WHAT ARE THE ODDS OF THAT: An early betting line had the prospects for Japan, United States, Mexico, South Korea and Dominican Republic – but not Israel. (photographer: screenshot)WHAT ARE THE ODDS OF THAT: An early betting line had the prospects for Japan, United States, Mexico, South Korea and Dominican Republic – but not Israel. (photographer: screenshot)
Katz has played in the Pioneer League, the Rookie Arizona League, the South Atlantic League and the Carolina League, and now hopes to move up in the Cubs organization.
As is everyone on the team, Katz is smart – book smart and creative. After graduating from St. John’s in 2015 with a 3.6 GPA, Katz launched the explosively successful Stadium Custom Kicks shoe company, which designs creative artwork for players’ athletic shoes.
One of Katz’s talents is that he knows how to put things together: “Most of the time when I open a box, I don’t read the instructions. I kind of just look at it and figure out right away how everything goes with everything.”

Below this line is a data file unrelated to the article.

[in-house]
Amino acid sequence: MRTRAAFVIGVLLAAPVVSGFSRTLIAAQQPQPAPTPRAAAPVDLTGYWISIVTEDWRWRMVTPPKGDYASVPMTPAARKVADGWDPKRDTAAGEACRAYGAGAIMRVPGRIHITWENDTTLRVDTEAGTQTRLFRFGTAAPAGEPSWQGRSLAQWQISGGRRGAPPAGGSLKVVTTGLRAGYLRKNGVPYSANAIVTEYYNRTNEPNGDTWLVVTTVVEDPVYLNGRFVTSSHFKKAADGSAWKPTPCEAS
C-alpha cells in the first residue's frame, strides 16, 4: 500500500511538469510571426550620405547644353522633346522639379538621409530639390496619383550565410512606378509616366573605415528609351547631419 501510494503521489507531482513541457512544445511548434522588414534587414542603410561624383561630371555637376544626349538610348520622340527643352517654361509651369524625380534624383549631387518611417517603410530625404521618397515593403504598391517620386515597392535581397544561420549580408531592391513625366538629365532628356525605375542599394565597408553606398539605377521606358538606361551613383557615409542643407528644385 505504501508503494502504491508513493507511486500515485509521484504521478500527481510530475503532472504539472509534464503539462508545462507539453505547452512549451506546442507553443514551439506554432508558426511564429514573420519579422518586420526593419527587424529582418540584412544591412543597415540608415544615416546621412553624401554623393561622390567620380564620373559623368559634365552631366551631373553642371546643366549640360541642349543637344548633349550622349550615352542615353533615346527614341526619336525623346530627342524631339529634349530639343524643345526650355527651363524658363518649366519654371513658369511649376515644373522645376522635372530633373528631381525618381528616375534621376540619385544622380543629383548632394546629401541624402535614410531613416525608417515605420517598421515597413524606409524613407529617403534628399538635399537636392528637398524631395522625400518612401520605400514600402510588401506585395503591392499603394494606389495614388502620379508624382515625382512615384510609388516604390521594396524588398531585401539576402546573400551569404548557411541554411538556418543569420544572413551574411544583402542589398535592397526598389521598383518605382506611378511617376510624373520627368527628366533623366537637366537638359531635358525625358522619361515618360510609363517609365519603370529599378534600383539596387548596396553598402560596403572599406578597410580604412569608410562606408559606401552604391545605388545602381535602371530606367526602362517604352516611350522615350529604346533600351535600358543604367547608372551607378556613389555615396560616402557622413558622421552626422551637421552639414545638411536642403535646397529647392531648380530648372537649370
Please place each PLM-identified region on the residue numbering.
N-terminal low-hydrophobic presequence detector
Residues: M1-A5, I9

How do you feel about God?
I always questioned myself whether he exists or not, just scientifically and then religiously. Obviously, I’m Jewish, and I was always taught to believe in him. But sometimes I question what I’ve learned. Not me doubting that there is one, but just thinking like, imagine there is none, and all these different religions make a big deal out of nothing, really. So, I wonder sometimes if there actually is a God.
What Is your Jewish background?
I had a bar mitzvah at Temple Emanuel in New Hyde Park, a Reform temple. Went to Sunday school, Hebrew school, from an early age, probably six or seven, up until my bar mitzvah. I was forever going to Sunday school in my baseball uniform, and everyone would look at me kind of weird. We probably celebrated one or two holidays a year – as a kid, we did almost everything.
After 13 I took baseball very seriously, so that kind of took me away from religion a little bit; I wasn’t really involved. Since then, I’ve been a pretty bad Jew; I haven’t really gone to temple and those sorts of things.
How do you feel as a role model for Jewish fans?